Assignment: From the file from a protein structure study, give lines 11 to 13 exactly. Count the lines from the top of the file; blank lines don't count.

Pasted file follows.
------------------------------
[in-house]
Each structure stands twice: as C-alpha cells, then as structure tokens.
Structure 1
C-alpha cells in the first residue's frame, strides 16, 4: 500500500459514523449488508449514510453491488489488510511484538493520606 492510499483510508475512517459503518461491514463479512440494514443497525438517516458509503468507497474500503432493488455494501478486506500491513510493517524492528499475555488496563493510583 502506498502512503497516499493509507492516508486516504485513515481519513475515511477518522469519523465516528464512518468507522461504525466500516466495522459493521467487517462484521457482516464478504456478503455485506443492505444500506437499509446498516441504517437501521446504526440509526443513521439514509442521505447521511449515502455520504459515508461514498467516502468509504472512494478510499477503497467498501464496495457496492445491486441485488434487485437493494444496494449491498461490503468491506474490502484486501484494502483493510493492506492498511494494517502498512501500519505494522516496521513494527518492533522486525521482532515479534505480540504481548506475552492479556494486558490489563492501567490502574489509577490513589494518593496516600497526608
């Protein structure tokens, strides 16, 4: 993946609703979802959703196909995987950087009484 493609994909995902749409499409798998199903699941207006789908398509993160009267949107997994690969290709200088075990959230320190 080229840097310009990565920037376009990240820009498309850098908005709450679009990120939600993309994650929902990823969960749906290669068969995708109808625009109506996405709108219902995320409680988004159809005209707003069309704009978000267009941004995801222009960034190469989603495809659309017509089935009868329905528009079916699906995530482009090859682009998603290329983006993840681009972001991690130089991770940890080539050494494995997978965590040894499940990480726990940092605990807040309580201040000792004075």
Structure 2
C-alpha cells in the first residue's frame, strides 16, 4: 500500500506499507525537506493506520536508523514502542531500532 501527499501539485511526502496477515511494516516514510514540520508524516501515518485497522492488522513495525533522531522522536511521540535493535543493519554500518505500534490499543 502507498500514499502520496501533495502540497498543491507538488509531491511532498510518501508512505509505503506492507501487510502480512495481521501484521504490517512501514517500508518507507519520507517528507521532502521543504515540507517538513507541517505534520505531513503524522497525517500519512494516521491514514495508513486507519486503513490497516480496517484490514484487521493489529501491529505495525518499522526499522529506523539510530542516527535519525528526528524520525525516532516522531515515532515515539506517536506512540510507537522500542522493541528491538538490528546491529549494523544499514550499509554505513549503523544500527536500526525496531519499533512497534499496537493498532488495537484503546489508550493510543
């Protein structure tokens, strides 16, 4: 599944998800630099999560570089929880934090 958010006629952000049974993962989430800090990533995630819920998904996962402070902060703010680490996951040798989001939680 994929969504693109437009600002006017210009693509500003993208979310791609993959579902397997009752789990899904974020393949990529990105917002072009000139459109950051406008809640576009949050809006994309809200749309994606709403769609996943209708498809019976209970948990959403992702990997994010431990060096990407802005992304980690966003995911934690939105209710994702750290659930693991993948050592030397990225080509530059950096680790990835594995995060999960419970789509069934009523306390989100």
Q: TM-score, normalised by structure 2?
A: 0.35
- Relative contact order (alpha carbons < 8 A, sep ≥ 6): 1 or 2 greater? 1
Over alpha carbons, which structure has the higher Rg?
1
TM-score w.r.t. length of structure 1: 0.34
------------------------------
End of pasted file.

- Relative contact order (alpha carbons < 8 A, sep ≥ 6): 1 or 2 greater? 1
Over alpha carbons, which structure has the higher Rg?
1